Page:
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Dance Marathon’s back for kids at St. Luke’s Children’s Hospital

By Alexis Bennett, News and Community
February 4, 2019

On Feb. 22, 365 days of hard work will culminate in a 17-hour dance party in Boise State University’s Recreation Center.

While an all-nighter spent dancing might not sound like much of a work-break to most, for the hundreds behind Boise State’s Dance Marathon event, the all-nighter is the reason for the yearlong effort to support St. Luke’s Children’s Hospital and the Children’s Miracle Network.

The annual fund-raising event is one of many dance marathons across the country. Each brings people, primarily college students, together to dance and raise money for local children’s hospitals.

Boise’s is one of the fastest growing and most successful on the west coast, and organizers aim to stay out in front.

This year’s goal of $208,000 exceeds last year’s record-breaking year by $5,000.

“It’s an intimidating number,” said BSU Dance Marathon Director of Marketing Elizabeth Mabbutt. “It honors the great 208. We’re really focusing on individuals in the community and the alumni who’ve played such a huge role in getting this started.”

The Boise State team has exceeded its goal every year, raising $5,000 in 2012, their first year, and growing exponentially since.

This year, the main event begins Feb. 22 at 3 p.m. in the rec center. Dancers won’t stop until final fundraising numbers are announced at Feb. 23 at 8 a.m.

Many are drawn to the cause, including some executive members, by personal experiences with Children’s Hospital. Others are committed to the mission of helping the next generation. Some are drawn by dance. Few leave once they’ve seen the impact dance can have in the community and for our kids.

Events and planning take place all year and become more frequent leading up to the final day, so it's never too late to get involved.

For the Kids (FTK) sign at the Dance Marathon event.

Here are some ways to participate:

  • Feb. 5, 5 to 9 p.m.: Café Zupas on Broadway will donate a portion of sales when you mention “dance marathon” to the cashier at check-out.
  • Feb. 8, all day: 208 Day, coinciding with a big push from Miracle Makers’ to make the ask for Dance Marathon day donations. Want to contribute? 
  • Feb. 22, 3 p.m.: Dance Marathon kicks off at Boise State Recreation Center.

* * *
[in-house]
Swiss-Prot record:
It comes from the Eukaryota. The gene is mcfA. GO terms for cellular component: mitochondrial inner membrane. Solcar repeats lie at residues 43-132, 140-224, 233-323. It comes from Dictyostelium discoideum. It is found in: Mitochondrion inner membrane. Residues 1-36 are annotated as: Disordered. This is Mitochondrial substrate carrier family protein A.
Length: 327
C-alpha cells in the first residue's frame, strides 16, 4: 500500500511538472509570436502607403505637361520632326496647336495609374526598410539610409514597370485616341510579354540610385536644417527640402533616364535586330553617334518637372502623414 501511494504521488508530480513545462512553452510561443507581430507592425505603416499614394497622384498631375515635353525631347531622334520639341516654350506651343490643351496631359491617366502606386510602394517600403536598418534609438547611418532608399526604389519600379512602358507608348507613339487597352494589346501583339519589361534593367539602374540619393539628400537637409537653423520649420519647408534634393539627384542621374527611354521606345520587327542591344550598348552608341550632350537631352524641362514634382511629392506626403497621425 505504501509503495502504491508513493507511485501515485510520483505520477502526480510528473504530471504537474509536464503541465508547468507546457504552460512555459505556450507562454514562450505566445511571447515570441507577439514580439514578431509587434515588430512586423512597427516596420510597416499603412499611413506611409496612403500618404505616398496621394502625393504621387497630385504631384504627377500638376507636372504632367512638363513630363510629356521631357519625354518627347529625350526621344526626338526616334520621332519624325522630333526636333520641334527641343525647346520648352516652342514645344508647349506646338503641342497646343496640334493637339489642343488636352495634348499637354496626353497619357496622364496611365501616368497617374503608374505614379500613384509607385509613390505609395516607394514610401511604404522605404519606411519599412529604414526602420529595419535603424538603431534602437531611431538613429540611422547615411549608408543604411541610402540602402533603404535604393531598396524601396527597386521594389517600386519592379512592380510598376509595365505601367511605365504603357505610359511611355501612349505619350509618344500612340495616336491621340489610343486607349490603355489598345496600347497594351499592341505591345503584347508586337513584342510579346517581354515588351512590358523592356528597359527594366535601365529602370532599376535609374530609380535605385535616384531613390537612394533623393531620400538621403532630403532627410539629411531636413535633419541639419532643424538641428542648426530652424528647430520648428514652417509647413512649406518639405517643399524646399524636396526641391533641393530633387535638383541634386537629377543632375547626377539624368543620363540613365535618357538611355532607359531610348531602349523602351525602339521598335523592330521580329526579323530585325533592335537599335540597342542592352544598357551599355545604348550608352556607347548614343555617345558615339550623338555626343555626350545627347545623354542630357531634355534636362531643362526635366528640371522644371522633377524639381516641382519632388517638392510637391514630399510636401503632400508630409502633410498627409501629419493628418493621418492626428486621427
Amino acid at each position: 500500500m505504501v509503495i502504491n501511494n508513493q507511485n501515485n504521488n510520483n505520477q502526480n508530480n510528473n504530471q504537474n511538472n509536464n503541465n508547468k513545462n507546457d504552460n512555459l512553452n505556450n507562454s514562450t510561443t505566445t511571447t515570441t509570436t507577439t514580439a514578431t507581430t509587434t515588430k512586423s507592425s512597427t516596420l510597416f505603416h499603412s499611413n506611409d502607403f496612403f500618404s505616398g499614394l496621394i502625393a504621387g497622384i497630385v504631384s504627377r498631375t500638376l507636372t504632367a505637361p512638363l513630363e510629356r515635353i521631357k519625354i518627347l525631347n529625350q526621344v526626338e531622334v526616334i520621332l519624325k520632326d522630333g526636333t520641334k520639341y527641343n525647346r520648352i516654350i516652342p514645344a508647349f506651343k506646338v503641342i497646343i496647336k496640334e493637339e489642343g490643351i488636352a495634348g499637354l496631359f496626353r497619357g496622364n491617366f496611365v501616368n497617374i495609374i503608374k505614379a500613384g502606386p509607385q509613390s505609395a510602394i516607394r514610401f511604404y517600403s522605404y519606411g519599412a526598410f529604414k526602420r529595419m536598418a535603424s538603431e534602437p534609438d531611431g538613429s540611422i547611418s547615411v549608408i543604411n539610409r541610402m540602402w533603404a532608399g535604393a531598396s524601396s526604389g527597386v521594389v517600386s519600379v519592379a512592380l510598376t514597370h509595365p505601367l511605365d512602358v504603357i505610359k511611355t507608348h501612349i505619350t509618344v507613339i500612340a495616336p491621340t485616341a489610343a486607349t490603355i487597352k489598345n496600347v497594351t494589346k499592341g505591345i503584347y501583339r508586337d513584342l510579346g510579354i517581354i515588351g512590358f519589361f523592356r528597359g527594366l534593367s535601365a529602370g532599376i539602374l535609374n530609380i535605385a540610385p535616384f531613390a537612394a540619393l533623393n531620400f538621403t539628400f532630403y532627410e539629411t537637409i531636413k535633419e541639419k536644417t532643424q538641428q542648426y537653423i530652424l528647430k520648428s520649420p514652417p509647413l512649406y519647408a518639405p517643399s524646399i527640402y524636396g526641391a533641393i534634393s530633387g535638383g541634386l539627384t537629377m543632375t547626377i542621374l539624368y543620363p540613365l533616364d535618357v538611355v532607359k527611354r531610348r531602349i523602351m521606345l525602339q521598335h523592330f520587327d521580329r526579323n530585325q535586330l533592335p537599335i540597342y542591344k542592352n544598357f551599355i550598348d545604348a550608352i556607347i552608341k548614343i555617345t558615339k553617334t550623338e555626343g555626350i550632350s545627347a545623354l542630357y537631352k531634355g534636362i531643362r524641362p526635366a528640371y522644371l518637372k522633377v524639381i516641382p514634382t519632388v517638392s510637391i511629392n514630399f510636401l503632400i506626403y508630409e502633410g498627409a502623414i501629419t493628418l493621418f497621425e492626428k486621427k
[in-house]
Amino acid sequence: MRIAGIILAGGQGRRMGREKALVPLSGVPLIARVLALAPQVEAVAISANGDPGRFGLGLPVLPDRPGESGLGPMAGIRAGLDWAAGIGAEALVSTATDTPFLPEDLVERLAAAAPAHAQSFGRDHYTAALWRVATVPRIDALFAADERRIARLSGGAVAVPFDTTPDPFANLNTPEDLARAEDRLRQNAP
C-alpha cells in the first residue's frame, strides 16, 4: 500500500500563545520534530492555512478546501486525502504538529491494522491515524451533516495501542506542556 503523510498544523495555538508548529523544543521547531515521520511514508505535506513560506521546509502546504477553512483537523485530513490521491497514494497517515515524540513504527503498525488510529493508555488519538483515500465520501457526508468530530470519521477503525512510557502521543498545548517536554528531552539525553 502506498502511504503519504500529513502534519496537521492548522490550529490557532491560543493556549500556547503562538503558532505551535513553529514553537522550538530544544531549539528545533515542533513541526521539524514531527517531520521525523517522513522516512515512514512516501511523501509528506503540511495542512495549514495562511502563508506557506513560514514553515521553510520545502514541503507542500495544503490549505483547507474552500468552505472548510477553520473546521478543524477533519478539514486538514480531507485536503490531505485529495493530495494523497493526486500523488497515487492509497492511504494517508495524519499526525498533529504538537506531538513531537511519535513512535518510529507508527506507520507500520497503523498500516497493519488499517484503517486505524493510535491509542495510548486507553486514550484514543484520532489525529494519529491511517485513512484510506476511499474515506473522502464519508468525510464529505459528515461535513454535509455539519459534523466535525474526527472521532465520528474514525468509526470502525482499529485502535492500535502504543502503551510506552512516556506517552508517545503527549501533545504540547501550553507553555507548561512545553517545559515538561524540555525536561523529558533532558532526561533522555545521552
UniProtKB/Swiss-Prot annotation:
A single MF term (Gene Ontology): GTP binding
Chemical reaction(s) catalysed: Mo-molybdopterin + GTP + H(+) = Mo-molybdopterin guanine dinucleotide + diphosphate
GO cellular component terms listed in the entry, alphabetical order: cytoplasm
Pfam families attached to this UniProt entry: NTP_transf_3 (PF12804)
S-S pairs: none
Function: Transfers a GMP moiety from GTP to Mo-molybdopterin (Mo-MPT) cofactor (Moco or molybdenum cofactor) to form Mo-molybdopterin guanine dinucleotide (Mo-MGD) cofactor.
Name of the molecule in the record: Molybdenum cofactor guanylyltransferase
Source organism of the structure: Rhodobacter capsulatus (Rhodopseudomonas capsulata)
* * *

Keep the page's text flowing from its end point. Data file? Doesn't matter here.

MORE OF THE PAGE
• Feb. 23, 7 a.m.: Circle of Hope, a special participant-only vigil to celebrate patients and their families.
  • Feb. 23, 8 a.m.: Dance Marathon comes to a close and final numbers are announced.

The group started with two students in 2012 and now have hundreds of Miracle Makers, or participants, each year, making it one of the largest on-campus student organizations.

“We’re hoping to have 800 participate this year,” Mabbutt said. “We already have about 600 registered.”

Miracle Makers, for those unfamiliar with the jargon, are responsible for the event's success through participation and fundraising. There are other Dance Marathon buzz words. Champions are the kids selected as the inspiration behind each year's cause. They are real patients at St. Luke's Children's Hospital and are invited to show up throughout the event and during the Circle of Hope with their families, leaving the hospital behind temporarily. You can find them listed on the site. 

Other teams work all year to make Dance Marathon a success. The Feet in the Street are charged with getting the word out. The morale tea shows up at events, such as the annual Holiday Parade and Steelheads games on behalf of St. Luke's and performs choreographed dances to get people excited. The EXECs are full-time students and leaders who plan and run the event. 

The slogan For the Kids (FTK) knits these players together. It's the hashtag and North Star that keeps everyone motivated. 

"Most people assume that we're raising money for a dance competition," Mabbutt said. "We've learned to lead with, 'Do you want to help kids at St. Luke's?' When people realize we're raising money for kids, their eyes light up."

About The Author

Alexis Bennett is a consultant for St. Luke's Community Health and Engagement.